CHILE: AN UNSPECTACULAR WEEK

Created: 10/19/1973

OCR scan of the original document, errors are possible

CHILE: AN UNSPECTACULAR WEEK

Tho junta government reaffirmedeshaping of Chilean institutions this week and moved ahead on several fronts. The regime appears to be pleased with its progress thus far. but remains waryounterattack from the left.

peech marking the government's first month in power, junta president Pinochet did not say when the nation might return to civilian rule. Noting that "to rebuild is slower and harder than toinochet declared that the armed forces" and carabineros' mission would be ended only when Chile achieved "the social peacefor true progiess and economic develop-ment."

The outlineew constitution designed to help achieve this social peace is taking shape.

The junta| has approved the ideas ofdrafting committee. They includefor run-off elections for the presidencyformalization of the armed forces' role asof the constitution. Perhaps the mostaspect just now is thai the newtakeear to write.

Ato place the carabineros

under the^inisTry of Defense instead of Interior may run into opposition from police officers concerned about preserving their independence and prerogatives. Unity is still the watchword of the armed forces and carabmeros, but decisions on matters like this and on specific means to reach vaguely defined goals provide thefor friction wilhin the government as well as between it and its civilian supporters.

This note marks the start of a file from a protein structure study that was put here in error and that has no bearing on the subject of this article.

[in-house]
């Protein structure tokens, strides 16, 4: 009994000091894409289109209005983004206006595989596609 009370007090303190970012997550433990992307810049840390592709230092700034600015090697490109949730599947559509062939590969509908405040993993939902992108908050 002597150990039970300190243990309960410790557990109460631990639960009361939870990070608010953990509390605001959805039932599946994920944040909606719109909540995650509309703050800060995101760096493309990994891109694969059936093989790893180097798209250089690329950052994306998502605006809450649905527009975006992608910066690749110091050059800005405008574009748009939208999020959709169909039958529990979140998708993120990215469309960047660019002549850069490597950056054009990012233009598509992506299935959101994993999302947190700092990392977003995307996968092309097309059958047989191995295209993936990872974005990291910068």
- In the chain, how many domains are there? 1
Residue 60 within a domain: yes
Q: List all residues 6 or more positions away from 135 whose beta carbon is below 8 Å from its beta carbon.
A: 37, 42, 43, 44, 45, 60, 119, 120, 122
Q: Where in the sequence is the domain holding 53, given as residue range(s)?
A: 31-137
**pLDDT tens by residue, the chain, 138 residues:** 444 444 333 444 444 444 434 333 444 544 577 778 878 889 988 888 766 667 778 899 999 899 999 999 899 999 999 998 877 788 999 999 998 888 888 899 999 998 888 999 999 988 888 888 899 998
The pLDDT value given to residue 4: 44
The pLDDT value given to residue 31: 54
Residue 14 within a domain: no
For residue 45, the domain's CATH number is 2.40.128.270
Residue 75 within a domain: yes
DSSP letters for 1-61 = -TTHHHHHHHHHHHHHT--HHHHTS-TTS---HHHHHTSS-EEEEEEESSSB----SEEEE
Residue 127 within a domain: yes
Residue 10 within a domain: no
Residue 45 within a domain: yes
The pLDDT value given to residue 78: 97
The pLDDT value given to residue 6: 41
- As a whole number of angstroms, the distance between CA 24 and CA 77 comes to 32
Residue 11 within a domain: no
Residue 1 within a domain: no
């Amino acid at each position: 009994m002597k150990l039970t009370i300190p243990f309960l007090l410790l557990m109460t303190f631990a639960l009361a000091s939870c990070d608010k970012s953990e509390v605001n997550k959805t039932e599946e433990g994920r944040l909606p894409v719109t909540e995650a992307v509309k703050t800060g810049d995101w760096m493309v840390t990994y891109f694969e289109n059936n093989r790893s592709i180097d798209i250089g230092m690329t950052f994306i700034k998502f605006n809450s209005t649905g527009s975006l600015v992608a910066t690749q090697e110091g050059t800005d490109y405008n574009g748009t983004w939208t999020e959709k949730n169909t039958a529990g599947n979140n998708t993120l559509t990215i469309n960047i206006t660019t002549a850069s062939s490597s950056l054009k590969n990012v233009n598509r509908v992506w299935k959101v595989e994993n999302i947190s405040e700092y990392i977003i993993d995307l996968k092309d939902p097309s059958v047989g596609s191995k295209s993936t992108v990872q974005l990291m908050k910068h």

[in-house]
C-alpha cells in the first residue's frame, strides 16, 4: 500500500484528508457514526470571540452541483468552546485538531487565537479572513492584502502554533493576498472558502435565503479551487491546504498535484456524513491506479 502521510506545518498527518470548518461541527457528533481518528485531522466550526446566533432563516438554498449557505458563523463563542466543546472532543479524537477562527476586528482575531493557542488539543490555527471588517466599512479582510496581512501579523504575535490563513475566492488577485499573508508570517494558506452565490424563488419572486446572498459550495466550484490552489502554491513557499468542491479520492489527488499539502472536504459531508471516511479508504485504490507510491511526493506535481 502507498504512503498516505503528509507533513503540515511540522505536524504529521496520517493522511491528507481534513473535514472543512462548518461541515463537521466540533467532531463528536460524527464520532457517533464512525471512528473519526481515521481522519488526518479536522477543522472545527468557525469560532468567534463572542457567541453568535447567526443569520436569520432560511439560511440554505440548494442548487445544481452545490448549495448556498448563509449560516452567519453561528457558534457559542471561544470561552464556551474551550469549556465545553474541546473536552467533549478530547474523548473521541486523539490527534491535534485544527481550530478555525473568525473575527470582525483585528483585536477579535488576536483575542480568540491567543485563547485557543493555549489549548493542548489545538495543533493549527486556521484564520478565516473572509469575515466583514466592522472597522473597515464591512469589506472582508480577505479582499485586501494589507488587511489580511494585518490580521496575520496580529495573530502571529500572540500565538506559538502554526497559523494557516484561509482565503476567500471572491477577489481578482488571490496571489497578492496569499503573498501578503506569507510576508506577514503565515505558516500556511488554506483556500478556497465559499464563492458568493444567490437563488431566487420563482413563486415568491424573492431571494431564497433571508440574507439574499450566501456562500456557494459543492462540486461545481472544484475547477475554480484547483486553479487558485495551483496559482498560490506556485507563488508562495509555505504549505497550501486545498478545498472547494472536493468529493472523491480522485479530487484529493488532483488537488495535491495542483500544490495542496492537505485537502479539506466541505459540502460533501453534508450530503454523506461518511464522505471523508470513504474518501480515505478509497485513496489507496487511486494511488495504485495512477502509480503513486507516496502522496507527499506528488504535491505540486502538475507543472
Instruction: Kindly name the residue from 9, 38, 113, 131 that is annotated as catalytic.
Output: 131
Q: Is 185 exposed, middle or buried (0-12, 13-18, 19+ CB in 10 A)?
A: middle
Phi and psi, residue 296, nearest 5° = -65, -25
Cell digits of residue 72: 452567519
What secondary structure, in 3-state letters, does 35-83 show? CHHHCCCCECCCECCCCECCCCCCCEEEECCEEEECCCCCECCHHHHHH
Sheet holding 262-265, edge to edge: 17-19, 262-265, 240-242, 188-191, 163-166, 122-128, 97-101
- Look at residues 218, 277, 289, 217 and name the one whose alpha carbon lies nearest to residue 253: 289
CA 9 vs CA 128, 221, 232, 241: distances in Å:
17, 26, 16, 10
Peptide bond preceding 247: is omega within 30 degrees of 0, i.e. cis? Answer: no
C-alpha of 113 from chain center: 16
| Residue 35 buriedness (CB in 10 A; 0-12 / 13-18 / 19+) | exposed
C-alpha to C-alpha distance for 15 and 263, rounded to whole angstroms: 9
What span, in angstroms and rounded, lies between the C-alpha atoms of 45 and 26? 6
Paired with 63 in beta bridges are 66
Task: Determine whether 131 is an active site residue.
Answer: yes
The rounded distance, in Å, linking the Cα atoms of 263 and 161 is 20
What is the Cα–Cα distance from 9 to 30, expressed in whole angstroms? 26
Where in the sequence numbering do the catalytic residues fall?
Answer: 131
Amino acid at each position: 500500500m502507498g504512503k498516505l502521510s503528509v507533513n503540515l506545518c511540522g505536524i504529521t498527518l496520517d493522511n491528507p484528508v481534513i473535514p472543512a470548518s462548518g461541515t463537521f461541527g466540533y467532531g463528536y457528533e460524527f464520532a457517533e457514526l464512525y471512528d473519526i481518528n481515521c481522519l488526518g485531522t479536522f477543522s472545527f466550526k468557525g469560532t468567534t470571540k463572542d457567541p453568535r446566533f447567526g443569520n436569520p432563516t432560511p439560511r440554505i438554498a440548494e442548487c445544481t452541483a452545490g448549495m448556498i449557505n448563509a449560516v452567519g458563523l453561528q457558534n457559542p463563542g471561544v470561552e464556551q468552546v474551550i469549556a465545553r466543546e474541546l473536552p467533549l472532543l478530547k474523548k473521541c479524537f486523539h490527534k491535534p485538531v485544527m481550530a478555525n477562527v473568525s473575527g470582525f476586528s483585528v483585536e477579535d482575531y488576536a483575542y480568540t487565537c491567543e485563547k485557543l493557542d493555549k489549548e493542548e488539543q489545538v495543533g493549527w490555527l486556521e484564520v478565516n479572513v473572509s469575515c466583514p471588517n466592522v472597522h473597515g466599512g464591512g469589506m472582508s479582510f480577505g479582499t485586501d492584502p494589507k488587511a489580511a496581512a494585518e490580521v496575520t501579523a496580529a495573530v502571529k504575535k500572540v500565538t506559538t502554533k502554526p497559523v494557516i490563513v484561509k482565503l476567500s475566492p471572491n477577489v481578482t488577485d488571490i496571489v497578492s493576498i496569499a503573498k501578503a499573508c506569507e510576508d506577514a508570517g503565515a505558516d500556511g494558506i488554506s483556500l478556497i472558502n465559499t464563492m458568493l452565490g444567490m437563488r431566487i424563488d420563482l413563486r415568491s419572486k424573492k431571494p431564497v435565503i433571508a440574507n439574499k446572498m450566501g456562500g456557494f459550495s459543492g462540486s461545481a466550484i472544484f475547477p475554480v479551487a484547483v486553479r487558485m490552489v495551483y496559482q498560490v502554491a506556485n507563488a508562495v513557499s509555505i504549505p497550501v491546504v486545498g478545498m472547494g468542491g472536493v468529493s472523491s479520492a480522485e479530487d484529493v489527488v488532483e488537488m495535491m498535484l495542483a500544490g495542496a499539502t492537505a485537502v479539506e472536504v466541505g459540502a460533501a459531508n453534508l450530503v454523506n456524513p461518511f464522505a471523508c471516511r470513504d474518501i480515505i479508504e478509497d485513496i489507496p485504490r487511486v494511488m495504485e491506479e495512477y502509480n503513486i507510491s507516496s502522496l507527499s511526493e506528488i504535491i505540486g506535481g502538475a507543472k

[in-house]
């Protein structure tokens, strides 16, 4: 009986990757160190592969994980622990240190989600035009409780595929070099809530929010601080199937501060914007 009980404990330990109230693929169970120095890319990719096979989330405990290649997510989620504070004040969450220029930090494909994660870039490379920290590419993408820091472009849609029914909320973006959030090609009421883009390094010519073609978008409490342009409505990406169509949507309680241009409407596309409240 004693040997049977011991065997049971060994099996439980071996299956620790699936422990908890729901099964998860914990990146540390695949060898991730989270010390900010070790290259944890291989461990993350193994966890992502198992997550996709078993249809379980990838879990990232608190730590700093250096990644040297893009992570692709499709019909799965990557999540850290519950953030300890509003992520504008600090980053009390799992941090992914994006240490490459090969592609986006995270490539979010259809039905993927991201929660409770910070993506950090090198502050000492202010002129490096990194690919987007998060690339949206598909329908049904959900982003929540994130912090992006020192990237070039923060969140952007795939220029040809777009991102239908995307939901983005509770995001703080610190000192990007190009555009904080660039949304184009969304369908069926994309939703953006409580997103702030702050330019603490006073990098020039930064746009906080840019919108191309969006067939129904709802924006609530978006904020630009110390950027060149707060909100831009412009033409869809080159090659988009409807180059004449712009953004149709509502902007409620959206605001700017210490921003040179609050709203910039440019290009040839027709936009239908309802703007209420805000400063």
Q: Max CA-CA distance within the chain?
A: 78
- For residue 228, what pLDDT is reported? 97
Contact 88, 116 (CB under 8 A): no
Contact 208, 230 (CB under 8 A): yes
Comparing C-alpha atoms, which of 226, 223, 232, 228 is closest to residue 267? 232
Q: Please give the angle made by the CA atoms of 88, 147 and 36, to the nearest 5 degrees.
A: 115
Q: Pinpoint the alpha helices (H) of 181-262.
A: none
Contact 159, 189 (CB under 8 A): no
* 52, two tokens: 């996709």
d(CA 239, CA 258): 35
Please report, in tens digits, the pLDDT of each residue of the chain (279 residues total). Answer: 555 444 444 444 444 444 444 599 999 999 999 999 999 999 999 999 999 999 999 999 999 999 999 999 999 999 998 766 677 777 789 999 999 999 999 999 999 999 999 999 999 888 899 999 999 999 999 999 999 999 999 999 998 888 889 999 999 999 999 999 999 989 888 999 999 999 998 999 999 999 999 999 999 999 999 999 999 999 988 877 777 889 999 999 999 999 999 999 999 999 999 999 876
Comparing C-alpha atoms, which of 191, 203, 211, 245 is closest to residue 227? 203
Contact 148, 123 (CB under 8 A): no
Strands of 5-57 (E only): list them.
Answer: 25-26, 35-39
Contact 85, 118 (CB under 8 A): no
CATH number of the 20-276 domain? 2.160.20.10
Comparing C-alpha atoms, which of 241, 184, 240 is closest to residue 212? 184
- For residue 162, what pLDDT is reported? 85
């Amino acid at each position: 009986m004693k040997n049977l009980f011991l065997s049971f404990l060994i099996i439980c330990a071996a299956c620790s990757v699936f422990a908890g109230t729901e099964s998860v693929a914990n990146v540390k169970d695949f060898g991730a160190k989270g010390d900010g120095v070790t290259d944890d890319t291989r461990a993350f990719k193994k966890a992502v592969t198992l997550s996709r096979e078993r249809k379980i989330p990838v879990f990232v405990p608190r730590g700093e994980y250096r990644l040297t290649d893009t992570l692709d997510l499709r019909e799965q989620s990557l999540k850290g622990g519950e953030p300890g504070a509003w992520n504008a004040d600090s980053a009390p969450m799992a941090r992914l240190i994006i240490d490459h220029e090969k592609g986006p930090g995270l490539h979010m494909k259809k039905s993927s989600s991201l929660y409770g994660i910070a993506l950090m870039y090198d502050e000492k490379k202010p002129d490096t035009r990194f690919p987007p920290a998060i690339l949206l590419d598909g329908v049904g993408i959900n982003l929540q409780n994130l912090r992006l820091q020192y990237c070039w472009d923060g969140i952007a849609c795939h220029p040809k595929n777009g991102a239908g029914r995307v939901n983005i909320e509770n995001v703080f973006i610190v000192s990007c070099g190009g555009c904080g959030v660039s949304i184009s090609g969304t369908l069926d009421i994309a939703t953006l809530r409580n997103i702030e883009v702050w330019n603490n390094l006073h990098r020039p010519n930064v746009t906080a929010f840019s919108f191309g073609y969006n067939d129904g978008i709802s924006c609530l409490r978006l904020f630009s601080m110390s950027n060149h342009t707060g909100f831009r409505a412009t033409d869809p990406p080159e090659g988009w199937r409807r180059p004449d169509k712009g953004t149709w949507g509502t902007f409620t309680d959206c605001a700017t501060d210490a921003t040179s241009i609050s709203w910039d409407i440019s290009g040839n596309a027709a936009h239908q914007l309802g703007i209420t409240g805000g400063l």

The junta, meanwhile, has banned all parties of th* Popular Unity coalition. The Communists, th* Socialists, and the smaller United Popular Action Movement had already been outlawed in practice. Tha published decree formalized this and added th* Christian Left, the Radicals, and the independent Popular Action.

On the other hand, the junta's relationship with the Christian Democratic Party apparently warmed somewhatace-to-face meeting between the generals and party leaders. The junta seems to have been receptive to the party'sthat prolonging the suspension ol overt political action would ultimately benefit the Communists and other leftists, who are more skilled in organizing clandestinely.

Military and police search parties nowto be turning up fewer and smaller arms caches, but this does not necessarily indicate that most illegal weapons have been recovered. On the contrary, opposition groups probably retain access to significant quantities of arms.

An effort to unite the leftingleorganization may be underofroup in anything moremust await the revival of its potentialhowever, and thrs process isthe absence of key leaders and theability to keep the left off balance.probably is getting some help fromgroups abroad, particularly in Perubut significant aid for anon the ability of Chileans to startThe armedare In

th* procoss of ridding their ownranksofinyone suspected of cooperating with or harbonnr sympathies toward the Allende government.

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